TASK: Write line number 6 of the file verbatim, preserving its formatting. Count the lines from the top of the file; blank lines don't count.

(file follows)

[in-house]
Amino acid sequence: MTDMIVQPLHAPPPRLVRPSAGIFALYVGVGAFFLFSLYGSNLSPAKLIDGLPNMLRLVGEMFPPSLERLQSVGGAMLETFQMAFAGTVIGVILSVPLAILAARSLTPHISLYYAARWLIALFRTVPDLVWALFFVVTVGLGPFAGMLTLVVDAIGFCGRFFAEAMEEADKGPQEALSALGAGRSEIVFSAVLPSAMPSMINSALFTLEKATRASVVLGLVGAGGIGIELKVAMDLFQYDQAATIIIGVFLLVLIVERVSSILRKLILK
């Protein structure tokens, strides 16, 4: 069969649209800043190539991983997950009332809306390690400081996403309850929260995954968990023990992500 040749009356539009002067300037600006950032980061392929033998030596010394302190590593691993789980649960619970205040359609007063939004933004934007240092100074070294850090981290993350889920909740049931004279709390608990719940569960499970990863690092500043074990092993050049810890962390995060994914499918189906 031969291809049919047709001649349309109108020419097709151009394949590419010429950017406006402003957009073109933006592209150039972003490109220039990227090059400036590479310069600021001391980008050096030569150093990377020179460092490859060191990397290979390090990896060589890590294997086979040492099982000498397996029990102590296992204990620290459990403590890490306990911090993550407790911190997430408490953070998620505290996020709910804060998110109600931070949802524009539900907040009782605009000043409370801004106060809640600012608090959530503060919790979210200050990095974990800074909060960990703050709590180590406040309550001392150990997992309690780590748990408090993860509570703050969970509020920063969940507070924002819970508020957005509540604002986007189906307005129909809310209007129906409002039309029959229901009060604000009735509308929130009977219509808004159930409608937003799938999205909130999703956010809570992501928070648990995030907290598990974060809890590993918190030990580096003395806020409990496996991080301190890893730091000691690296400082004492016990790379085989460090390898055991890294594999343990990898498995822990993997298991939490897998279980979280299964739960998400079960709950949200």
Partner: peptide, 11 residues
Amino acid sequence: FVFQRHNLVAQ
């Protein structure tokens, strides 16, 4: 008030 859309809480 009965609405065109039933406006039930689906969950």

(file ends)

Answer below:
């Protein structure tokens, strides 16, 4: 008030 859309809480 009965609405065109039933406006039930689906969950």